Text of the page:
UK driving licence endorsements, Conviction Codes (TT99, DR10, DD30) and Car Insurance
If you have committed a speeding offence (or any type of offence) it is easy and understandable to focus on the immediate problem i.e. the type of offence, the penalty it would attract and the possible solutions . What may be neglected are the long-term consequences of convictions which can often be even more problematic than the penalty imposed by the court. Some convictions like drink driving may result in difficulties in international travel for example.
Each conviction endorsed on a motorist’s licence will have a corresponding conviction code. If you break the 30 mph speed limit for example this will be reflected on your driving record as an SP30. A CU80 means that you have been caught using your mobile telephone whilst driving and if you’ve driven without insurance you will find yourself with an IN10.
But what exactly are these codes for and how do they affect you in the future?
Conviction Codes TT99, DR10, DD30…… WHAT?
Insurance companies tend to ask you for previous convictions in the last 5 years (up from the previous industry-standard of 4 years) and each blip in your record may nudge your premium up. Some codes have a minimal effect on premiums such as an SP30 however there are some that will increase your insurance premium by such an extent as to make your eyes water.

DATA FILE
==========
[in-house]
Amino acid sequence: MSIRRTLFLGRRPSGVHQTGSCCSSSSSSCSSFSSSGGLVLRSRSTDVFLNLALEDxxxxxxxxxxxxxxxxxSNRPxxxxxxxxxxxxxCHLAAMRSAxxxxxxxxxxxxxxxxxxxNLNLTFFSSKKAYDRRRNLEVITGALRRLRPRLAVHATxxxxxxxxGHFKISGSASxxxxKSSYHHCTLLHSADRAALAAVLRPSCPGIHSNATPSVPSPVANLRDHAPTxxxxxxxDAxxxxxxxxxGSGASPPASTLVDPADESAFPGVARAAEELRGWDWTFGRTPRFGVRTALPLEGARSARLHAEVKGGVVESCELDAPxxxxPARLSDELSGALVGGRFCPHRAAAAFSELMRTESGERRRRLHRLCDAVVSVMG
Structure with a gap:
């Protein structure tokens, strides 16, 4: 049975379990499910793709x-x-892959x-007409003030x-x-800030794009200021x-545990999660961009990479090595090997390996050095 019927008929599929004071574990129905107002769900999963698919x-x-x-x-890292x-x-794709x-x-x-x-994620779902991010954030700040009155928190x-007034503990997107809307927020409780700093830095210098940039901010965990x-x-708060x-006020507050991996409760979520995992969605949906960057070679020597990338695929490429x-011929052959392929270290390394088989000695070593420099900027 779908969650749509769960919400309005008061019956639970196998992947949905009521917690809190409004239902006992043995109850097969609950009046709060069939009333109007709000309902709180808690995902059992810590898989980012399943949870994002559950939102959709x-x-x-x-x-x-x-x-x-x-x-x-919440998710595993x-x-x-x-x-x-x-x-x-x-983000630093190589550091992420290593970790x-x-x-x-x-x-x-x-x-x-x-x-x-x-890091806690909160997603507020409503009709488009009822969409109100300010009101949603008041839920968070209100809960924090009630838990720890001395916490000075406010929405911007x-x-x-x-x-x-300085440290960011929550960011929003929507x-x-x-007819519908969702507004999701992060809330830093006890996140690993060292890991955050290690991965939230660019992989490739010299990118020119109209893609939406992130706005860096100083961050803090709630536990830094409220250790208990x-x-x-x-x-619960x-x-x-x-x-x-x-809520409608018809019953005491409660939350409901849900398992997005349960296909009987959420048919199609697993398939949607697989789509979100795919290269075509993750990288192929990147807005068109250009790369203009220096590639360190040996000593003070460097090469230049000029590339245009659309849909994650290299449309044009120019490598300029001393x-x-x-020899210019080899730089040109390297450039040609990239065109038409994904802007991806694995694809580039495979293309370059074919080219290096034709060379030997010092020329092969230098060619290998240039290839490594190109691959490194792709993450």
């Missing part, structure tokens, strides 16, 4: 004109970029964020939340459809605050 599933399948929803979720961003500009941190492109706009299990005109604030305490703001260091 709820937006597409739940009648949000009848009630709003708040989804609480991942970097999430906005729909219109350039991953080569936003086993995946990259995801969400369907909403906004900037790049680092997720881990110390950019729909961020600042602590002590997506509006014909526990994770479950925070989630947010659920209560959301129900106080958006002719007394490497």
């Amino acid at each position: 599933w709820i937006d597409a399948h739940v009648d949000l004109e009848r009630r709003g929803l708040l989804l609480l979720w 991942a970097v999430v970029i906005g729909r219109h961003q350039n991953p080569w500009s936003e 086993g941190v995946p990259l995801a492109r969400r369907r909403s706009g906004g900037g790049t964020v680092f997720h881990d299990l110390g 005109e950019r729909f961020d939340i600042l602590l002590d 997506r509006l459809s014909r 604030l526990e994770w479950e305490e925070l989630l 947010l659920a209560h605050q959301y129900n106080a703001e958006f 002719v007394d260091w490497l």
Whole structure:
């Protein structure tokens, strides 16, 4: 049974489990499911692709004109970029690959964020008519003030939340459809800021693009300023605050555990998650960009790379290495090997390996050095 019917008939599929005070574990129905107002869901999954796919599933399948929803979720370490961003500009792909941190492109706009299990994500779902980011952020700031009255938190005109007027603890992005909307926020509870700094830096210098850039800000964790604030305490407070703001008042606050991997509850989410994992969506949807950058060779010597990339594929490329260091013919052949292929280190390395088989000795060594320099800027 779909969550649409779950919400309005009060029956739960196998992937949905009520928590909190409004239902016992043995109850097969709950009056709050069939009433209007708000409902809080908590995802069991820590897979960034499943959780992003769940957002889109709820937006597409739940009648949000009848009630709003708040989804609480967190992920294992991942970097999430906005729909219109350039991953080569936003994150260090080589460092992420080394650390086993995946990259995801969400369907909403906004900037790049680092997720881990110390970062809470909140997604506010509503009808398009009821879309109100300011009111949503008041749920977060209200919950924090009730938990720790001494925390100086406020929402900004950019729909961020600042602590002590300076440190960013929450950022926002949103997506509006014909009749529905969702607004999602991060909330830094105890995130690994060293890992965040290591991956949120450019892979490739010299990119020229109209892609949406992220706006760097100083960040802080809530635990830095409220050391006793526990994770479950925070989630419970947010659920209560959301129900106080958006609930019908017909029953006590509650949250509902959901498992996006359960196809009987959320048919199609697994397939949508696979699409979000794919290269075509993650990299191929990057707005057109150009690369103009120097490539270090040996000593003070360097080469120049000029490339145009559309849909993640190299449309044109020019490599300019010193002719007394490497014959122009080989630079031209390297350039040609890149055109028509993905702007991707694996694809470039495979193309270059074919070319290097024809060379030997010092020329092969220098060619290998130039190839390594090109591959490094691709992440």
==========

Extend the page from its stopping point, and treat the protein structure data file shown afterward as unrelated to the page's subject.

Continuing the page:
For the purposes of this article I am going to give an example of one of the most common problem-codes which is TT99.
TT99 is the code used when someone is disqualified from driving as a “totter” and that is, when someone accumulates 12 points or more in any 3-year period. As an experiment, I have used Confused.Com to provide some examples of how devastating this can be and for the purposes of this, I have used the the following vehicle and details:
- Ford Fiesta Zetek, 2005 (Value estimated – £1350.00)
- 1.4 litre engine
- £250 excess
- 10’000 mileage per year
- Immobiliser and alarm fitted
- 5 years protected no claims bonus
- Parked in a secure garage at home in London
I have specifically chosen this as it is not top of the range vehicle, it’s a small engine and pretty much average in all specs.
In my first search I stated that I did not have any previous convictions within 5 years. The cheapest quote was from Admiral at £500.64 and the most expensive from Halifax which came in at £633.92
For my second search, I kept all details the same except I added in the TT99 code. The results were from entirely different insurers than those from the first search indicating that some insurers simply will not provide cover if you have a TT99 (it is worth noting I did my search as a “new customer” as opposed to an existing).
The results I did get however were significantly higher. The cheapest quote was from GoSkippy at £1509.71. The most expensive was from One Call at £2592.95 which is a staggering increase.
For comparison purposes, I did the same search with a newer vehicle; a Seat Leon, 1.4 from 2016 with an estimated value of £10,00000 (approximately). All other criteria was kept the same.
Without the TT99 code, the cheapest quote was from Admiral at £575.67 and the most expensive from Acorn at £2909.55. When I added the TT99 code the cheapest I could find was from U-Drive at £1315.30 with Acorn being the most expensive at a whopping £4008.27.
The impact of these quotes is even more significant when you consider that the code needs to be disclosed for five years! If you were insured by Acorn with a TT99 code you would pay over £20,000 to insure a Seat Leon.
The good news however is that avoiding a TT99 code is often achievable so if you are about to hit the 12 points mark (totting up) and want to keep your licence then I would strongly recommend seeking legal advice.